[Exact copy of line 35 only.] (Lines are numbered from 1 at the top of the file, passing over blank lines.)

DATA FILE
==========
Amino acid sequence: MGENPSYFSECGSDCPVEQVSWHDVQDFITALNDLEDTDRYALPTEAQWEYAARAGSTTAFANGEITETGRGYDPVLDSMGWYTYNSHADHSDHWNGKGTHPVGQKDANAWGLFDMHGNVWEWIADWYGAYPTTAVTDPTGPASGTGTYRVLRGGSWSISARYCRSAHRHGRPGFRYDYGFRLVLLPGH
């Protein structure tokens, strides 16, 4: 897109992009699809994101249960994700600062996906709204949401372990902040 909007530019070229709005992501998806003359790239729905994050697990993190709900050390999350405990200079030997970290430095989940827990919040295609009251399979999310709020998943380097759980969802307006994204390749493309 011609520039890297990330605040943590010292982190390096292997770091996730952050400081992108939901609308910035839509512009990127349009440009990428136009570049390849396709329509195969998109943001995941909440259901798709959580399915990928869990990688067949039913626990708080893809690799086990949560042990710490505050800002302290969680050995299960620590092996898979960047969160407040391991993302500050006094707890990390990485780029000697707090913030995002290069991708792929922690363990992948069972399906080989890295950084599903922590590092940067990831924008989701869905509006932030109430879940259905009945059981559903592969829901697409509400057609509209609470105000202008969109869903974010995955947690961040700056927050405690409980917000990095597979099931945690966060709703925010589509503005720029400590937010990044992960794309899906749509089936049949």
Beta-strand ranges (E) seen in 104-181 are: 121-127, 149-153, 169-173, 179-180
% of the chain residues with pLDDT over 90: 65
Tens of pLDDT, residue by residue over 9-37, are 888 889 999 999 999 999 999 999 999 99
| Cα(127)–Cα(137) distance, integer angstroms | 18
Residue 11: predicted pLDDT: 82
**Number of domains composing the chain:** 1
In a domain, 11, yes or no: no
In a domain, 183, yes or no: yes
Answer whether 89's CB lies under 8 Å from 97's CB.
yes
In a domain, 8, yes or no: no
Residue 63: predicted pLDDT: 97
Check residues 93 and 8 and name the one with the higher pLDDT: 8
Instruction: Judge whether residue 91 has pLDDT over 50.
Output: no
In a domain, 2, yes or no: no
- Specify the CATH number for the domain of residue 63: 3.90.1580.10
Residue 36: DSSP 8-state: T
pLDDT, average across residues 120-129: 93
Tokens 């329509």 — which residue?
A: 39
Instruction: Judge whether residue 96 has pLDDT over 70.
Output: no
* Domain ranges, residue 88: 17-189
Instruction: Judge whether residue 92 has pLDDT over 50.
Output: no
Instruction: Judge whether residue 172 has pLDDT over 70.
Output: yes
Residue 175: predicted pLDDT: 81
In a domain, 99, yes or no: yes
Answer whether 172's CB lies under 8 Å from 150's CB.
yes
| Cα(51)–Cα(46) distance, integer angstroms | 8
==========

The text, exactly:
| Cα(51)–Cα(46) distance, integer angstroms | 8